How to Set a Keystroke to Open a Firefox Tab in Chrome – And Keep Flash Out of Firefox [Mac]
Lately, I’ve been seeing how well I can survive without Flash on my MacBook Air. I find my browsing experience to be faster without it, but every now and then I need Flash to use a site. We previously talked about how to watch many YouTube videos without having Flash installed on your system, but what about other sites that use Flash? My setup involves using Firefox as my main browser on my MacBook Air (I use Chrome on my iMac), and switching over to Chrome when I need Flash. Chrome has Flash built in. My setup lets me automatically open my Firefox tab in Chrome, which supports Flash by default, by using a keystroke. Here’s how.
The process relies on Keyboard Maestro, which is a commercial program that I’ve started to fall in love with. Keyboard Maestro is currently $36 from both the developer’s site, and in the Mac App Store. I got it in a Mac bundle for much less. It lets you create macros to automate repetitive tasks. I use a barely tweaked version of a macro from The Carton that lets me tap a key combination to open a Firefox tab in Chrome. Instead of writing out each step, here is what my macro looks like when setting it up:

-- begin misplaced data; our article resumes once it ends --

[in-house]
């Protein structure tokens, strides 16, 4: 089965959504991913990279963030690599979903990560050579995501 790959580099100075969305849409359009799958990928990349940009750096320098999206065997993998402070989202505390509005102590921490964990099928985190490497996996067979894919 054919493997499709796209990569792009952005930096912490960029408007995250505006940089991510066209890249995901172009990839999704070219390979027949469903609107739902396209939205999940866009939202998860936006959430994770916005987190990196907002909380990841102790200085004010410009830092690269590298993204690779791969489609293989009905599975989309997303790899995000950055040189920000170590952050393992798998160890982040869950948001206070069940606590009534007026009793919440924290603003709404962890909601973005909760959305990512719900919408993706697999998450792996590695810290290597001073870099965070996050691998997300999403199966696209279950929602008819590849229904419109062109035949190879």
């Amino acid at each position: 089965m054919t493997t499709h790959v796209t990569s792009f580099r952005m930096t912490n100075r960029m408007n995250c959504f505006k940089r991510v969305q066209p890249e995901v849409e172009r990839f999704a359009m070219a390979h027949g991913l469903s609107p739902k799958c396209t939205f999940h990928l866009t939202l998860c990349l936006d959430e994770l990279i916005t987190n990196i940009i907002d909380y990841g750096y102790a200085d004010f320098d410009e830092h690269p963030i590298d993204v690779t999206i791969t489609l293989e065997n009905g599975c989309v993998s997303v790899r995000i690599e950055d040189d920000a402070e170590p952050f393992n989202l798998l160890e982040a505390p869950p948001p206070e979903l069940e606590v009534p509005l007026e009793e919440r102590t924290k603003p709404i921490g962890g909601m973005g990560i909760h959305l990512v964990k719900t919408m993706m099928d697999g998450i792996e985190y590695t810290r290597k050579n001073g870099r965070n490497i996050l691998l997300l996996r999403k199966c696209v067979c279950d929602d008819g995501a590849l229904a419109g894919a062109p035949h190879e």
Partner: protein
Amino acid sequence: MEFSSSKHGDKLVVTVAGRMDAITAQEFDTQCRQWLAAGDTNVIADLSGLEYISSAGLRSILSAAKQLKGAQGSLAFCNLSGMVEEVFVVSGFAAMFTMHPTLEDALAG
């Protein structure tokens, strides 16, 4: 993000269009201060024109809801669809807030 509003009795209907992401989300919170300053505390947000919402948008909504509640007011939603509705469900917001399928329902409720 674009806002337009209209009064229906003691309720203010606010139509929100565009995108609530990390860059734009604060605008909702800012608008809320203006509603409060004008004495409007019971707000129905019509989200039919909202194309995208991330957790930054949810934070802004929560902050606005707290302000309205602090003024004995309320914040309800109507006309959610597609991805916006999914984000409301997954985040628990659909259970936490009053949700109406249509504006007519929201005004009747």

Here is what the finished macro looks like:
The only difference between this and the macro at the Carton is that I swapped in Firefox for Safari. If you want to see the Safari version, check out the original, which can be found in the last image on that page.
Now, whenever I want to open my current Firefox tab in Chrome, I just hit CTRL-OPTION-CMD-C, and I’m taken right to it. Pretty nifty. Note, though, that this isn’t like the old “IE Tab” Firefox extension, which would open an Internet Explorer tab directly in Firefox. This method still opens up Chrome, but saves you from having to do any manual URL copying and pasting.
Do you have any tricks for avoiding Flash? How about some other cool Keyboard Maestro macros? If so, let us know in the comments.